Cultural Diplomacy, Middle East, public diplomacy

Why Should Diplomats Care About Cultural Sites and Objects?

Credit: U.S. Department of State

Credit: U.S. Department of State

NBC news carried an interesting story last week highlighting a decision by the U.S. Department of State to return a million-dollar cultural artifact to Iran that had been seized by U.S. Customs a decade ago.  The return of the Persian Griffin, long sought by Iranian officials, may not seem like a big deal against the backdrop of the recent exchange of letters and phone conversation between President Obama and Iranian President Rouhani.  I have no idea whether this particular gesture will resonate in Iran, but we should not underestimate the significance of such cultural heritage for people around the world.

Some of the most undervalued tools in the public diplomacy toolkit explicitly recognize the fact that more often than not, a nation’s sense of self is closely connected to its cultural heritage.  The value of a particular cultural monument, an example of historic architecture, or a specific artifact in a museum goes well beyond its retail or tourism value, but instead is truly priceless in the eyes of those who consider it a part of their national identity.  There are well-known examples of how disputes over ownership of such culture, including the Elgin Marbles or the Preah Vihear Temple, have led to tense international relations and even armed conflict.  Few are aware, however, of how we routinely use cultural heritage to our advantage in public diplomacy.

One of the best such tools is the Ambassador’s Fund for Cultural Preservation administered by the U.S. Department of State’s Bureau for Education and Cultural Affairs.  Under this program, public diplomacy officers at U.S. embassies and consulates all over the world work with local partners to identify worthy cultural heritage preservation projects and submit proposals for review and approval in Washington. Each year a few dozen of the best proposals are funded at a total cost of about $7 or 8 million.  In terms of bang-for-your-buck, it is hard to find a better investment of public diplomacy resources.  Perhaps every day somewhere in the world, a U.S. Ambassador is visiting an archaeological site, a museum, or some other cultural venue to cut a ribbon or otherwise celebrate a project that tangibly demonstrates U.S. respect for local culture and traditions.  In my experience, these events are widely covered by the local media and generally resonate with the local population in a way that signing ceremonies or diplomatic speeches can never hope to match.

I will cite just one example from my own personal experience.  In East Timor, a newly-independent country in Southeast Asia, traditional “sacred” houses all across the country were destroyed during the Indonesian occupation of that territory up until the late 1990s.  Several years ago, the Ambassador’s Fund for Cultural Preservation approved a U.S. Embassy project to work with the new Timorese Ministry of Culture and local villages to rebuild several of these houses.  Over the course of a few years at numerous nationally-televised groundbreaking and ribbon-cutting events, the U.S. Ambassador and the Timorese Secretary of State for Culture celebrated the “rebuilding” not only of these cultural landmarks, but also the Timorese nation itself.  At the cost of a tiny fraction of other more expensive development initiatives, this simple project showed all of the Timorese people that we respected them and their culture and were working to help them rebuild their country.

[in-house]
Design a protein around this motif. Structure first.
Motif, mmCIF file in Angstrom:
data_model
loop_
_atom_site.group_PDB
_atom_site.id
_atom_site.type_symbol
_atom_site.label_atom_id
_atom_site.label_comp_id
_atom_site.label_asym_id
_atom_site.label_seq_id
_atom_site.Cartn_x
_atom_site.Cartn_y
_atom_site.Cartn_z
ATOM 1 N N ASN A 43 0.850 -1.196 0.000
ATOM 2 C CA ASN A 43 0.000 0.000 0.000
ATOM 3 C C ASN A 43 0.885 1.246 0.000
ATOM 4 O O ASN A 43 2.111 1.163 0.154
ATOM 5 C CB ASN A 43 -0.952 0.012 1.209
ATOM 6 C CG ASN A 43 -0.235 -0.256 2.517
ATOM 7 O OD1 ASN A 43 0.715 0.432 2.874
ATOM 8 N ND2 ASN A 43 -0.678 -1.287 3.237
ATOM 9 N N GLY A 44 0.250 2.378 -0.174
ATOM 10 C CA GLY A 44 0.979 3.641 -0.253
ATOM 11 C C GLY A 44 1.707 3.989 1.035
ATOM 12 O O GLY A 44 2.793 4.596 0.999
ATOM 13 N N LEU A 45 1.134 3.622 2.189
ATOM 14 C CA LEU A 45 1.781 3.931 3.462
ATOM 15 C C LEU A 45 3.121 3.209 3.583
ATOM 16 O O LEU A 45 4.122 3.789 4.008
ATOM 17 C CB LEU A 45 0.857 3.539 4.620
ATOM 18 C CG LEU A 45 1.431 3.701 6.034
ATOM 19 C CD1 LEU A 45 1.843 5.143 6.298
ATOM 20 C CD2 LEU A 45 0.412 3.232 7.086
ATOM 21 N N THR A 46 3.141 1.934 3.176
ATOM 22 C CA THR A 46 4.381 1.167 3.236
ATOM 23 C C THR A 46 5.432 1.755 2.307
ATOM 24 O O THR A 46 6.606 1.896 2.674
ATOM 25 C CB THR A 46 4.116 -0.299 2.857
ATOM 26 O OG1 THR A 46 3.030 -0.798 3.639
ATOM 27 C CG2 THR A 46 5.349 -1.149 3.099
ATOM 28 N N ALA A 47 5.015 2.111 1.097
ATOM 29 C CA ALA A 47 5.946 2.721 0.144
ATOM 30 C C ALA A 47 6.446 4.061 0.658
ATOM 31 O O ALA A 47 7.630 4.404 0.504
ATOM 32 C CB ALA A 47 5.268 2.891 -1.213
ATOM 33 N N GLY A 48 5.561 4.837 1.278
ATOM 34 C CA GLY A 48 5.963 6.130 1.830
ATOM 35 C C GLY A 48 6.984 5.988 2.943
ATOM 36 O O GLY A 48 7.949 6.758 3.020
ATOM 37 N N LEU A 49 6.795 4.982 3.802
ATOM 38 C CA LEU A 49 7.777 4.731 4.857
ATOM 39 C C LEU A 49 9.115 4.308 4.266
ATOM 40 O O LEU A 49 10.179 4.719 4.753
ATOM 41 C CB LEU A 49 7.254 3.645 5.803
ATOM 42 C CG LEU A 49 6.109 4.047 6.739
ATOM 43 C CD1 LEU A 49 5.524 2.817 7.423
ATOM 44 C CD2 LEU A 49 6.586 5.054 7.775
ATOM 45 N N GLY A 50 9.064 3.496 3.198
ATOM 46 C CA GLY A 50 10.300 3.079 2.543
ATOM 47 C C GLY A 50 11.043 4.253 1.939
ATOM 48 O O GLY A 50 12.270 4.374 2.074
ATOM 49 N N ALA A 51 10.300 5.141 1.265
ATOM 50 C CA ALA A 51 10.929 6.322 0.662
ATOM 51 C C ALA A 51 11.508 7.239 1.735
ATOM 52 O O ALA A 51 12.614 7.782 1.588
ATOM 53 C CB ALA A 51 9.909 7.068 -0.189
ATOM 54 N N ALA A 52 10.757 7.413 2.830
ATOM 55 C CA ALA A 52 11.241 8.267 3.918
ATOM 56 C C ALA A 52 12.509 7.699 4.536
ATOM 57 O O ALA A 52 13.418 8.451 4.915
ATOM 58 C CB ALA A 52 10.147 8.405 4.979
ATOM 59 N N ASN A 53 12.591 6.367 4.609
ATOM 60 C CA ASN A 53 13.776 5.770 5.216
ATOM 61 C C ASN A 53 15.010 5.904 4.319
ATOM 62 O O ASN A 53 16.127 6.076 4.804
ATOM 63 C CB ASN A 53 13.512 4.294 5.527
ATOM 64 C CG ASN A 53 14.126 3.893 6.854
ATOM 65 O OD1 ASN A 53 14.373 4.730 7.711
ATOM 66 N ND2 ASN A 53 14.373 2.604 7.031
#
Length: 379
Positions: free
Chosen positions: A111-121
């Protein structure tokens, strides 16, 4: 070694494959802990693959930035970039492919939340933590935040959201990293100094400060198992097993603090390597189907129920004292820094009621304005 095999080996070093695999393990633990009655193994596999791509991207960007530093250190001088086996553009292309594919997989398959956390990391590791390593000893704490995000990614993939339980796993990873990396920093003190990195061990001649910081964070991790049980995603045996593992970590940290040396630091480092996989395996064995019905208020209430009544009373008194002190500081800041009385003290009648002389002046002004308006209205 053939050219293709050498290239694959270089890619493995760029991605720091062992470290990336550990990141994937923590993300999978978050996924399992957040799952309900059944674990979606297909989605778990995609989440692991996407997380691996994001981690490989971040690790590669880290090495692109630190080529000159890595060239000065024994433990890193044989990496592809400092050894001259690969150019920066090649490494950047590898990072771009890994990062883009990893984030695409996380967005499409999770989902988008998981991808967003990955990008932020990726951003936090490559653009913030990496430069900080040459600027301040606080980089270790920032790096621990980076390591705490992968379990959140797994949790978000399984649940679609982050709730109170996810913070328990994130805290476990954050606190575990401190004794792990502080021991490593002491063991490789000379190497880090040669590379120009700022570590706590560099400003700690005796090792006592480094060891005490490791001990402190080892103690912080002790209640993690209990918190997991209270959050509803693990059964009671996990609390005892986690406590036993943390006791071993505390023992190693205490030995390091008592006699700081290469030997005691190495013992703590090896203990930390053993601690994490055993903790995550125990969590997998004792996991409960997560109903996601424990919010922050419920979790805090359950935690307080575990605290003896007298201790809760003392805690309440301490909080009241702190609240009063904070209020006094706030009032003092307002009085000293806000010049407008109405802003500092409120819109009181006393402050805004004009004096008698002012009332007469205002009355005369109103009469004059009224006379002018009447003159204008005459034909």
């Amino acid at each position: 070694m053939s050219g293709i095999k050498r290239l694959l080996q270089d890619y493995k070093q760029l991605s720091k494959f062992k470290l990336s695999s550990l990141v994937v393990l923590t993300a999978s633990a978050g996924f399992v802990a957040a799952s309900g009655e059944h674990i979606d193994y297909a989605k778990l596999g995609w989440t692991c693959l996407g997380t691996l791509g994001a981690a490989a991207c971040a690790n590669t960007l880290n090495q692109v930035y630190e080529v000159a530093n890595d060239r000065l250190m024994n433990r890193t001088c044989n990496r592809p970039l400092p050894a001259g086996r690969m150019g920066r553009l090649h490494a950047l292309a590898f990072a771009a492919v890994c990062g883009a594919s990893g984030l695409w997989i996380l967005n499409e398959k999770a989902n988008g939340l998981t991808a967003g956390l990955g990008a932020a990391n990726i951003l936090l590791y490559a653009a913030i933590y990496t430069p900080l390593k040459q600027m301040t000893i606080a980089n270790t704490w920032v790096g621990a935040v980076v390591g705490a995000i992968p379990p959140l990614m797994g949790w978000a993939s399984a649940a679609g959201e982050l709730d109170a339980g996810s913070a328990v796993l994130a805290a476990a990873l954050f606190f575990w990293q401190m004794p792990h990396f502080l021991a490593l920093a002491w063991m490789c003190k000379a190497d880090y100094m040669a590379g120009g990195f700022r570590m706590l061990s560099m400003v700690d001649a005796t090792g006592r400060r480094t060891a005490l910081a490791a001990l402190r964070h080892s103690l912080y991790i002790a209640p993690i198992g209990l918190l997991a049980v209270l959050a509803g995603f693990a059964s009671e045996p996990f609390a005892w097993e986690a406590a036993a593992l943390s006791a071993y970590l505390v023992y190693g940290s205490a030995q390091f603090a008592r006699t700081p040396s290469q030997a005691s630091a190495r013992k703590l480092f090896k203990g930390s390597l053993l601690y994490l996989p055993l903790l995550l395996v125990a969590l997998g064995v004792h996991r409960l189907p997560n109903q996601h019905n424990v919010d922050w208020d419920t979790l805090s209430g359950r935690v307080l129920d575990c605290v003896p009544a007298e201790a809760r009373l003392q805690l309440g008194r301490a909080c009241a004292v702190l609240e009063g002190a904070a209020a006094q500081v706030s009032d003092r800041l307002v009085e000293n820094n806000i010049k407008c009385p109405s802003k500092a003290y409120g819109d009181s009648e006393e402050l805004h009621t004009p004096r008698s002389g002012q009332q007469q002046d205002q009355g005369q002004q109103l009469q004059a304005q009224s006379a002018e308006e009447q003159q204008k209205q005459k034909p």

As the U.S. Department of State fact sheet last week on the decision to return the Persian Griffin stated — “The return of the artifact reflects the strong respect the United States has for cultural heritage property — in this case cultural heritage property that was likely looted from Iran and is important to the patrimony of the Iranian people. It also reflects the strong respect the United States has for the Iranian people.” The return of that artifact, of course, does not appear to have been the result of a particular preservation program or even particularly costly, but it makes good public diplomacy and policy sense.  As for our other public diplomacy programs, like the Ambassador’s Fund, even in an era of limited resources, let’s not be penny wise and pound foolish!  We would do well to continue to invest in such programs that help us build the mutual understanding and respect that we depend on to advance our policy goals around the world.

The views expressed in this blog are those of the author and do not necessarily reflect those of the State Department or the U.S. Government. The author is a State Department officer specializing in public diplomacy, currently detailed to the IPDGC to teach and work on various Institute projects.

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About Jonathan Henick

Jonathan Henick is a career diplomat with over 20 years of experience in the U.S. Foreign Service, including assignments to Turkey, Portugal, Azerbaijan, Uzbekistan, and Timor-Leste. He is currently working as the Public Diplomacy Fellow at the Institute for Public Diplomacy and Global Communication at George Washington University.

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